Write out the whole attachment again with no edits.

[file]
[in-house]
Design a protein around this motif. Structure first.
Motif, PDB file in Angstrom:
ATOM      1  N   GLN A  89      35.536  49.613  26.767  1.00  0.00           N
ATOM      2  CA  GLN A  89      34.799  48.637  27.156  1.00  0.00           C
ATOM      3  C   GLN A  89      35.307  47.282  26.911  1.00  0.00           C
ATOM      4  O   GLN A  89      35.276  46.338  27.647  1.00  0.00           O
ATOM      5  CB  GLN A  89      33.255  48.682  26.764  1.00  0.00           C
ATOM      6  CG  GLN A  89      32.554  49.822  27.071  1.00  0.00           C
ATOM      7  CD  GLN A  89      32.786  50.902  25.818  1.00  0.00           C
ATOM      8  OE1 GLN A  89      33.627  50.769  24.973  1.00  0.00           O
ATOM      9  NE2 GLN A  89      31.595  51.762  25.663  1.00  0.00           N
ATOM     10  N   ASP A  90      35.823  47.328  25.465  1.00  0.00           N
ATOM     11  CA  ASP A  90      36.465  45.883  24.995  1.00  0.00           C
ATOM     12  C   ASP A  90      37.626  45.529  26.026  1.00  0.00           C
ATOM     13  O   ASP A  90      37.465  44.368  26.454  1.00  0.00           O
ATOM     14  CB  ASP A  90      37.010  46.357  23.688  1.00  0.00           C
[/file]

[in-house]
Design a protein around this motif. Structure first.
Motif, PDB file in Angstrom:
ATOM      1  N   GLN A  89      35.536  49.613  26.767  1.00  0.00           N
ATOM      2  CA  GLN A  89      34.799  48.637  27.156  1.00  0.00           C
ATOM      3  C   GLN A  89      35.307  47.282  26.911  1.00  0.00           C
ATOM      4  O   GLN A  89      35.276  46.338  27.647  1.00  0.00           O
ATOM      5  CB  GLN A  89      33.255  48.682  26.764  1.00  0.00           C
ATOM      6  CG  GLN A  89      32.554  49.822  27.071  1.00  0.00           C
ATOM      7  CD  GLN A  89      32.786  50.902  25.818  1.00  0.00           C
ATOM      8  OE1 GLN A  89      33.627  50.769  24.973  1.00  0.00           O
ATOM      9  NE2 GLN A  89      31.595  51.762  25.663  1.00  0.00           N
ATOM     10  N   ASP A  90      35.823  47.328  25.465  1.00  0.00           N
ATOM     11  CA  ASP A  90      36.465  45.883  24.995  1.00  0.00           C
ATOM     12  C   ASP A  90      37.626  45.529  26.026  1.00  0.00           C
ATOM     13  O   ASP A  90      37.465  44.368  26.454  1.00  0.00           O
ATOM     14  CB  ASP A  90      37.010  46.357  23.688  1.00  0.00           C